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Kennamer Brothers, Inc. v. Stewart

Kennamer Brothers, Inc. v. Stewart
Alabama Court of Civil Appeals
September 9, 2016
No. 2150359

Stewart was employed by Kennamer Brothers as a truck driver and suffered an injury to his shoulder in an auto accident that was found by the trial court to be compensable under the Alabama Workers’ Compensation Act.

Kennamer Brothers appealed the determination that Stewart’s injury was compensable, and the amount of retroactive Temporary Total Disability benefits awarded to Stewart. Judgment was affirmed in part and remanded in part.

The Alabama Court of Civil Appeals found that the trial court’s ruling was based on substantial evidence. Stewart did not report his shoulder injury until 5 months after the date of his injury. Stewart suffered from injuries to other parts of his body, and was taking prescribed pain medicine for those other injuries.

Stewart consulted multiple physicians for his various injuries, and ultimately had an MRI performed that revealed a shoulder tear. Stewart’s physician testified that the tear was consistent with an accident such as Stewart’s, and that although a shoulder tear is typically associated with immediate complaints of pain, it is possible that the prescription pain medication could have initially masked the nature and extent of Stewart’s shoulder pain.

In affirming the trial court’s ruling that Stewart’s injury was work-related, the Alabama Court of Civil Appeals noted that Kennamer Brothers failed to offer any alternative explanation for how Stewart could have suffered his shoulder injury. Stewart testified at trial that he had not suffered any additional injury to his shoulder. The Court of Civil Appeals deferred to the judgment of the trial court’s determination of fact, which had the benefit of weighing the evidence at trial.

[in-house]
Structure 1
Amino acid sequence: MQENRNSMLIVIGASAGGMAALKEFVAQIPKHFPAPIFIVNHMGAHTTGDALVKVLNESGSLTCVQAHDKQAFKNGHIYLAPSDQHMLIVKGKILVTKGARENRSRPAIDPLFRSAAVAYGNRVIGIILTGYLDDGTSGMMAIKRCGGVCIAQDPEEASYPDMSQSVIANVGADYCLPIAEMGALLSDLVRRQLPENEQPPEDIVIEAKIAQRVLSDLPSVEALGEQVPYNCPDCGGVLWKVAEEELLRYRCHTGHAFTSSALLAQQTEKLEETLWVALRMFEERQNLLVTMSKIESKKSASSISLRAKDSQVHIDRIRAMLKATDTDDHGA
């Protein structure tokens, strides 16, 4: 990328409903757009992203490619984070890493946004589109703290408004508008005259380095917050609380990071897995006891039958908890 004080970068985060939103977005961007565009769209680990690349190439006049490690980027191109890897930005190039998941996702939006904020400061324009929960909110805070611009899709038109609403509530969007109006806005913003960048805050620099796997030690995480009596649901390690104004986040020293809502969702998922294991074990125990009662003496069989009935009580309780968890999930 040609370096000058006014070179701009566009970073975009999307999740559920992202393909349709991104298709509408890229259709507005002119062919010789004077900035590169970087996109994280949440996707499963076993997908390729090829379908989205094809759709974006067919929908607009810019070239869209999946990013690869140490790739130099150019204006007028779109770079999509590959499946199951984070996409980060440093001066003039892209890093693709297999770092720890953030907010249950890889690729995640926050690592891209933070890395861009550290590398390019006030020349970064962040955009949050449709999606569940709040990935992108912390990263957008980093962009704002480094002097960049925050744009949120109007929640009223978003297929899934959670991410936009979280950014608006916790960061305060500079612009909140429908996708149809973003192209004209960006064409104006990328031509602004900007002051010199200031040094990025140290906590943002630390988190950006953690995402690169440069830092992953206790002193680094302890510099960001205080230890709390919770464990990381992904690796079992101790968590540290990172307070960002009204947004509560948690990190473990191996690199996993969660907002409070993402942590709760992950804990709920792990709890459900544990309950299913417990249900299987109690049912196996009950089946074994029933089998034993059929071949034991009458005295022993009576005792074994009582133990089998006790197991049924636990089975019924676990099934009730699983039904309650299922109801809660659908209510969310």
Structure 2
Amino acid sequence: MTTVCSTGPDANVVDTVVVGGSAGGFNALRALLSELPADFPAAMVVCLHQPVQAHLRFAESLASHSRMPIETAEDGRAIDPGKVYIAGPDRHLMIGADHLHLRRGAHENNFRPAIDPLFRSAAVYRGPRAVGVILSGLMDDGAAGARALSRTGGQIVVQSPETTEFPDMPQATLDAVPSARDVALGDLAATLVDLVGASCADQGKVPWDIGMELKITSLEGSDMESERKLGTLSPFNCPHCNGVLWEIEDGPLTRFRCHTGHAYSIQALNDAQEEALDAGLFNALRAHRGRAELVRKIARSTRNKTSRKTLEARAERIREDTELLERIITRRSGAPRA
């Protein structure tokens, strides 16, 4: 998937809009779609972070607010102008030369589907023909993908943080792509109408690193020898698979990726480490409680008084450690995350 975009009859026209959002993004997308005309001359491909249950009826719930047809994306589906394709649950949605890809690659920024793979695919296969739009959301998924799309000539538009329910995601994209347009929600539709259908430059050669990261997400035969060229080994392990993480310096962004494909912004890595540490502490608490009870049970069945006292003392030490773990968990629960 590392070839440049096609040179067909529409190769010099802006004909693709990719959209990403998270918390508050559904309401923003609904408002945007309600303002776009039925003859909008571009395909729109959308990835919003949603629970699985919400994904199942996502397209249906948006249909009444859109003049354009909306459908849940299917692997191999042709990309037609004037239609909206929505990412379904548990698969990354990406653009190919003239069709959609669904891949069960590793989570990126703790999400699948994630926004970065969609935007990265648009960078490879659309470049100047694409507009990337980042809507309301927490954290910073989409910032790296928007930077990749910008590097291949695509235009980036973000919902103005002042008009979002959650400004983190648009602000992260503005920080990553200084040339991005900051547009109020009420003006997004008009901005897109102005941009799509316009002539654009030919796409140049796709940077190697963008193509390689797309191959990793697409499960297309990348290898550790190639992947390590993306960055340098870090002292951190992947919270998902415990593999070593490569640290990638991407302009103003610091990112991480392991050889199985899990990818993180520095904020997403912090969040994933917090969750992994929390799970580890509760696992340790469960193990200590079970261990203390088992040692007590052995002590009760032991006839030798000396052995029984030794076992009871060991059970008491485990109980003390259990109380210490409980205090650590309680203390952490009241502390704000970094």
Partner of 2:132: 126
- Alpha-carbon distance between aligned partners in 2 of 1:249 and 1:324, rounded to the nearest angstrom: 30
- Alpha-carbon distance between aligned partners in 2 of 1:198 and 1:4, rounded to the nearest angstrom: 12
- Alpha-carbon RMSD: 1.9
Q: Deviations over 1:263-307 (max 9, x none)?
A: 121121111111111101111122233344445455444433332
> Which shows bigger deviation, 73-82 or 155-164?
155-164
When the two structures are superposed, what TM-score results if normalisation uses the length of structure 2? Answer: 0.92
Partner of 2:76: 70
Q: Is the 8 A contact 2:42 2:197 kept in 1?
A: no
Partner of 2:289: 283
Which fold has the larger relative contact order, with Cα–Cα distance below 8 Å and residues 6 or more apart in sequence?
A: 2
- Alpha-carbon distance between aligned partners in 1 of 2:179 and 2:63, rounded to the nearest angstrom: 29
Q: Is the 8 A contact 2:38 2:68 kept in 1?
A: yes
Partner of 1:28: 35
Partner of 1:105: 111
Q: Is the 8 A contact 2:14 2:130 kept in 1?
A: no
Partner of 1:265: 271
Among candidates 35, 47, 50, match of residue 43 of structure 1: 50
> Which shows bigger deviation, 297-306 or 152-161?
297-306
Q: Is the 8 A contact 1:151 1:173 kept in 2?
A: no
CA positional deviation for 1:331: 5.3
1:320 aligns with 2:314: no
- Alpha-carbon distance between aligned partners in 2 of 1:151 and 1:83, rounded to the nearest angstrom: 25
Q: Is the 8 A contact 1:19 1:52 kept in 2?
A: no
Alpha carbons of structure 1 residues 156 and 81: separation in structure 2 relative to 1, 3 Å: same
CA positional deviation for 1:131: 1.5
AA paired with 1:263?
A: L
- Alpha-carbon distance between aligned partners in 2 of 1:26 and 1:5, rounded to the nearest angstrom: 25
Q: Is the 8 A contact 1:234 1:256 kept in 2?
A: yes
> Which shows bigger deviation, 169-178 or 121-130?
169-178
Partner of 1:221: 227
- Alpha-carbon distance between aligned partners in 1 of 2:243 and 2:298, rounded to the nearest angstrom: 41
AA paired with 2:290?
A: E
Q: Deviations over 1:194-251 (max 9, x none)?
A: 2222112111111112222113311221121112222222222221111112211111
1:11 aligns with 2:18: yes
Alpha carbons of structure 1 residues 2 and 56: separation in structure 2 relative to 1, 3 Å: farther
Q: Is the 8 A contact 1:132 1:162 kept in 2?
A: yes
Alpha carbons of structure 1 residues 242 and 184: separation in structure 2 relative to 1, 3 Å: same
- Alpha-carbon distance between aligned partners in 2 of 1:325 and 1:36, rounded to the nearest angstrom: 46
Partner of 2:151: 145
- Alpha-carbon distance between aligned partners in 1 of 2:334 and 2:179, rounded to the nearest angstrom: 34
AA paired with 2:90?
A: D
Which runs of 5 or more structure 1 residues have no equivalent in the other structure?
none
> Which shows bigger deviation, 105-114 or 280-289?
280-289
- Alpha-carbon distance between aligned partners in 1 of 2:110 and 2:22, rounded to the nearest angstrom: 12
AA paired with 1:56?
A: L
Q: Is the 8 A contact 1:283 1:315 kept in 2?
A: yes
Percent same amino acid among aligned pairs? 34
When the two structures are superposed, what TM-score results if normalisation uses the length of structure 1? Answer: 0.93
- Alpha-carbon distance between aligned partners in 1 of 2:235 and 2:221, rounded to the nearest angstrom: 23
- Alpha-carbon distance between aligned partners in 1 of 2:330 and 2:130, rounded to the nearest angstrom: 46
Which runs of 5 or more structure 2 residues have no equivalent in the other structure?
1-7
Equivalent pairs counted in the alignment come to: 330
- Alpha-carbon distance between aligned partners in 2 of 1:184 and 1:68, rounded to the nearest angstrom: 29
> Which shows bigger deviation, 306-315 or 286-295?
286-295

Also at issue, was the amount of Temporary Total Disability benefits awarder to Stewart, which was the maximum amount available from the time he stopped receiving payments, through the time that he was able to find suitable replacement employment. The trial court erred in increasing the maximum amount payable during a subsequent calendar year when the statutory minimum increased. Temporary Total Benefits were determined to be fixed at the time of the date of Stewart’s injury.

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